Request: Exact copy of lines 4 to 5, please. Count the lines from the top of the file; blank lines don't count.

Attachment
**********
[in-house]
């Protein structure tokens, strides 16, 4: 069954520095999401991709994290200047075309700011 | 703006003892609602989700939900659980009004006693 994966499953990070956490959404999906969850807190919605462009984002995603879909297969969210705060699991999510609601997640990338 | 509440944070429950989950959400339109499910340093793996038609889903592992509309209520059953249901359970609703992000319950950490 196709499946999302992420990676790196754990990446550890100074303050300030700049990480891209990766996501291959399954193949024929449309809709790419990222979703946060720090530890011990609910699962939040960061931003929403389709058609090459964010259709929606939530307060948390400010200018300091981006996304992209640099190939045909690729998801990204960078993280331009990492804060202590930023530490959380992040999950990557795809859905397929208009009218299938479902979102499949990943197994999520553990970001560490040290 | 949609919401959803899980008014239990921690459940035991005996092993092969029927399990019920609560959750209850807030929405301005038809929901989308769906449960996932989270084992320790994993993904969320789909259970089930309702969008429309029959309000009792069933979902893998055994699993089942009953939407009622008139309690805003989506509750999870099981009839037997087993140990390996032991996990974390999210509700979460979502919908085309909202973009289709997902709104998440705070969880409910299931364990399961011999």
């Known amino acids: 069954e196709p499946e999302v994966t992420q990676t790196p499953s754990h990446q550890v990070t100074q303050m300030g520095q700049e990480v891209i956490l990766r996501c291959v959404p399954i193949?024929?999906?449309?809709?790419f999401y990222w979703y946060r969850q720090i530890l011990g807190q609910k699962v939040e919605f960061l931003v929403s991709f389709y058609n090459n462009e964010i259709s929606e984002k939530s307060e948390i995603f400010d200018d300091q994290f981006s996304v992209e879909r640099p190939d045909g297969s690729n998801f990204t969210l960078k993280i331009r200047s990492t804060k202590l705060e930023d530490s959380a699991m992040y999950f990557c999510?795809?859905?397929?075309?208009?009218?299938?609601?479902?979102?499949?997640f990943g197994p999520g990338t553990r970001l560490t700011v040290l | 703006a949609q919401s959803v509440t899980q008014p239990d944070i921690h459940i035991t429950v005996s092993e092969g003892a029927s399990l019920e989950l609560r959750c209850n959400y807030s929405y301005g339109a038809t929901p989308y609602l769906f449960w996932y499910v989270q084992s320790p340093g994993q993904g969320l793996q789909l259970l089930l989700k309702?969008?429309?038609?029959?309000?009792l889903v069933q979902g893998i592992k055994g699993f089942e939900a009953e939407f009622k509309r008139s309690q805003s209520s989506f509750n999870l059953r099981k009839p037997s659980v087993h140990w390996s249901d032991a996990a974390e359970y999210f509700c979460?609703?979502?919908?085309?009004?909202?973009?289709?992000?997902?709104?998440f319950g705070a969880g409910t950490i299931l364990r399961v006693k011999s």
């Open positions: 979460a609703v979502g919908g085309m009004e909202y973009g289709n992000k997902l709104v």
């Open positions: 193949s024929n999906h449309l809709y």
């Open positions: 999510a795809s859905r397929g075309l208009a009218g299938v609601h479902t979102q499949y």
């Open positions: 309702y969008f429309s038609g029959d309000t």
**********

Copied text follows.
């Open positions: 979460a609703v979502g919908g085309m009004e909202y973009g289709n992000k997902l709104v």
């Open positions: 193949s024929n999906h449309l809709y």